First, the bad news: the later you start saving for your retirement, the harder it will be to build the nest-egg you want. A New York Times article about the importance of saving for retirement demonstrates the power of compound interest. Someone who starts investing $5,000 a year at age 22 will retire with more than half a million dollars more than someone who starts investing the same amount ten years later, the newspaper calculates.

Those ten years make the difference between retirement at the age of 67 with $557,173.80 and retirement at the same age with $1,063,717.57.

How to Create a Retirement Savings Habit

The best time to start saving for retirement is like the best time to plant a tree: ten years ago. The second best time, though, is now.

In the rest of this guide, we’ll talk about the different funds in which you can place your retirement money. But for now, here’s some good news: saving is a habit. Once you arrange that first direct debit or set up a monthly contribution from your salary, you’ll start to see your pension pot growing. You’ll understand that while that saving means that you might not be able to afford a more expensive car today, it does give you a degree of security. You’re acting responsibly. You can see that at the end of your career, you’ll be able to stop working and still live well.

And it’s exciting to watch that pot grow. You’ll want to keep watching it grow so you won’t want to stop making those payments. Even when you find that you have larger expenses than usual or want to make a big purchase, breaking the habit of putting money away for the future will feel too painful. You won’t want to do it.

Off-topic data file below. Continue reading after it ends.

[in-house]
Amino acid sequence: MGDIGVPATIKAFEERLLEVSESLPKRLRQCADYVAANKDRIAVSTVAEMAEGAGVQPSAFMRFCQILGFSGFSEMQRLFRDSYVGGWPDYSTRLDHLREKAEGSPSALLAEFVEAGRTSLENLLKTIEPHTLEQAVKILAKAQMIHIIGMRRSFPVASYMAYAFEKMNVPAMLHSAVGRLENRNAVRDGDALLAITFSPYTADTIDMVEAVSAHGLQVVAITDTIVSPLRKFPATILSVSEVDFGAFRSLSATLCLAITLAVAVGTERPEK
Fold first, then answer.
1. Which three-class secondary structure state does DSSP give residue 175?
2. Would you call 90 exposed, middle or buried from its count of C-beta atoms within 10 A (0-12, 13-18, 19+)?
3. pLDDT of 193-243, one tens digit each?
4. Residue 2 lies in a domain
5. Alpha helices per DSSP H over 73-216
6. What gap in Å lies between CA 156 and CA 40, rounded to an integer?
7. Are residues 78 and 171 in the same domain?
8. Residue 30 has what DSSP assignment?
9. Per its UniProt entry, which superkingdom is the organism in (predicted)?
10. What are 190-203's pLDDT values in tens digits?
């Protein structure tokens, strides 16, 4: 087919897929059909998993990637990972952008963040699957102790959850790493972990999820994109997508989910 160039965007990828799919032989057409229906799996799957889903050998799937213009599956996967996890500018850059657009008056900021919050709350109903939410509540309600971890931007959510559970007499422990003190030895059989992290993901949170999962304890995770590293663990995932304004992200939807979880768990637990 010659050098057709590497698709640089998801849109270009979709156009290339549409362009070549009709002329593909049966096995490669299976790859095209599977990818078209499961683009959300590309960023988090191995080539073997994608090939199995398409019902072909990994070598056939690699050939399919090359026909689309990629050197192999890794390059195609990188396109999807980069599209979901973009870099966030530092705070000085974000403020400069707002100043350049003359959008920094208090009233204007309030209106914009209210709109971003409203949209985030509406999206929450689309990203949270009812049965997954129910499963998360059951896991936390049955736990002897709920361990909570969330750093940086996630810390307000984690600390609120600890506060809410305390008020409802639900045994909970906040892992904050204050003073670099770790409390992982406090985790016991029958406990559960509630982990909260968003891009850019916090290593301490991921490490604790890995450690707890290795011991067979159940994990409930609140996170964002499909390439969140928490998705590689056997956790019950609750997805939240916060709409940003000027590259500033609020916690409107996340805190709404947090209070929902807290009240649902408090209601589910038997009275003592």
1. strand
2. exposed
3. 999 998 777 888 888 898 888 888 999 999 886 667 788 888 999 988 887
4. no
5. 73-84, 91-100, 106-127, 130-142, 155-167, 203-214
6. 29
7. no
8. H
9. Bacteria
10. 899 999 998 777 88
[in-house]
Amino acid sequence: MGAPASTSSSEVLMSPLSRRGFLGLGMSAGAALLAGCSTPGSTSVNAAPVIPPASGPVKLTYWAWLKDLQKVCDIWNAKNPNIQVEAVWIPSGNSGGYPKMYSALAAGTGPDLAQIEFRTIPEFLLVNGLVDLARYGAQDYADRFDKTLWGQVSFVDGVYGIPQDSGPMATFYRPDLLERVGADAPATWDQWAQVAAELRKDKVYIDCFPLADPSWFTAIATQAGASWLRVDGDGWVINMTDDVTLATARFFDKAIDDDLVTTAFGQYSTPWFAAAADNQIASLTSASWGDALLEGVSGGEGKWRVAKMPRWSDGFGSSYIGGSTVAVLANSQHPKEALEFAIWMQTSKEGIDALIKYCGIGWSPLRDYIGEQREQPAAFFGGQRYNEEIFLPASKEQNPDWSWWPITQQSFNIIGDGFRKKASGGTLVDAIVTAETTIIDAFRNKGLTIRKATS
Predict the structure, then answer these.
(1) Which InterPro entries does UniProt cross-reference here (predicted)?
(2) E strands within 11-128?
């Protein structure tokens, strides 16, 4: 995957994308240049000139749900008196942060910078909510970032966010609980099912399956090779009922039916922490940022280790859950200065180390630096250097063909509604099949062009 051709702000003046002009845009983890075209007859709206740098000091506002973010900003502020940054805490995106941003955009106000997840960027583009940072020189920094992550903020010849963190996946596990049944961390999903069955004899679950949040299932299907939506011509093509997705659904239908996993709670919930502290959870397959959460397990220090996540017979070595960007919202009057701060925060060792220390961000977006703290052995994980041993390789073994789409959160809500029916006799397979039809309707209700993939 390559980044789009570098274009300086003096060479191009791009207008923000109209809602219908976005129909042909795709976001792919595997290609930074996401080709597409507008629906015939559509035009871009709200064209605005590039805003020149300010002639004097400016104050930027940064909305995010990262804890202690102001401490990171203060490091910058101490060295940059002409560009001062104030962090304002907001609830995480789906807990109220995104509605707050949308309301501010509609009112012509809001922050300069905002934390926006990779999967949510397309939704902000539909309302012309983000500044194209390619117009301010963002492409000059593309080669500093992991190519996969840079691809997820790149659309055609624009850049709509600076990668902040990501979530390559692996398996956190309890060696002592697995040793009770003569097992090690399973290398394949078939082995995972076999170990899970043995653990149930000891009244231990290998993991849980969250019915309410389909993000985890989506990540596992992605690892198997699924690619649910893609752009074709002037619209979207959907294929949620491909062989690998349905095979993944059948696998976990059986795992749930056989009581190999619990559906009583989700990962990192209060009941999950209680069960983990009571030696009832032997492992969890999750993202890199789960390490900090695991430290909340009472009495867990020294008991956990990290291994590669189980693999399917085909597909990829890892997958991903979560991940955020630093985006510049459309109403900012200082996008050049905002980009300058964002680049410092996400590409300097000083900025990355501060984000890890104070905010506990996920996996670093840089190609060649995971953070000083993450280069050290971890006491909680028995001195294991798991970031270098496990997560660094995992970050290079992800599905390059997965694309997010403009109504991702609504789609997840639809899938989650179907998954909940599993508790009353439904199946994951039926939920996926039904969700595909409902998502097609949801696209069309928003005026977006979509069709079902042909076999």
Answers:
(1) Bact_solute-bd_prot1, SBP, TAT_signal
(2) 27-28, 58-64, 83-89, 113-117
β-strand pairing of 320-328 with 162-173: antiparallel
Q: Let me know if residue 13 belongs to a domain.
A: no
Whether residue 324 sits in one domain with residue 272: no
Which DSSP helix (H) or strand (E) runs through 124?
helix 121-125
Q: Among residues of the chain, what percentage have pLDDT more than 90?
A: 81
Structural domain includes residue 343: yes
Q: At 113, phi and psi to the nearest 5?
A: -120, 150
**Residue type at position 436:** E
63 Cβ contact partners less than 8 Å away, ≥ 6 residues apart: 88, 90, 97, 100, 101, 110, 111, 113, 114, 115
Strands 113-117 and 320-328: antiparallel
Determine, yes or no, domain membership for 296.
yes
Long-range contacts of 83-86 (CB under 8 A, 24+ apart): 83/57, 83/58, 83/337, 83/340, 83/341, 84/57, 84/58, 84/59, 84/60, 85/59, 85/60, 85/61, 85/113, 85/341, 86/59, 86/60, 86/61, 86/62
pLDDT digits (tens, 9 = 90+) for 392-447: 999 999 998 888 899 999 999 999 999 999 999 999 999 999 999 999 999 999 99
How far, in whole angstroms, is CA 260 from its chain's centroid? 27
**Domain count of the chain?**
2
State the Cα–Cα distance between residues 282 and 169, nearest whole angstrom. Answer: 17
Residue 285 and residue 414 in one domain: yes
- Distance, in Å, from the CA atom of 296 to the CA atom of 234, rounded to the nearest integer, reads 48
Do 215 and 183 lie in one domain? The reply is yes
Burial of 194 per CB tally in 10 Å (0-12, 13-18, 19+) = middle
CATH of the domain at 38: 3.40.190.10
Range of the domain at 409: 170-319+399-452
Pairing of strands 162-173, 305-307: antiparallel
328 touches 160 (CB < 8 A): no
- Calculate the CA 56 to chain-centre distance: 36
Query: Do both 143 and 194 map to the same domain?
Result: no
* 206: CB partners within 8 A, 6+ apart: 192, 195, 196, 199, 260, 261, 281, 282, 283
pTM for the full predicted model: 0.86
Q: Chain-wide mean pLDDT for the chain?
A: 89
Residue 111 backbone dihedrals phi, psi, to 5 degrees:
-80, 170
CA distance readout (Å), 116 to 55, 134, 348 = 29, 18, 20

You should do more.

Ways to Build Your Retirement Savings Habit Strong

Your income should rise between the time you start saving and the time you retire so in addition to making regular payments, you’ll also need to increase your payments.

At the start of each year, take a look at your retirement funds. Make sure that you’re still on track to reach your retirement savings target. But also see if you can add more to your savings each month. If you were to increase your contributions by 1 percent, for example, would it affect your standard of living? Those few extra dollars, compounded over decades, might make no mark on your life now but they could make a big difference when you reach retirement.

You can also adjust your contributions as your life changes. When you pay off your student debt, you’ll feel the relief. You’ll have more money to enjoy today. But you’ll also have more money that you can use to increase your monthly retirement contributions. If you receive a promotion that increases your salary, you can—and should—channel some of that extra income into your pension pot. If you receive an inheritance, make sure that you can put some of that money into your retirement funds as a one-time payment.

Your retirement savings habit should consist of:

The question, though, is where you put those funds and how you save for your retirement.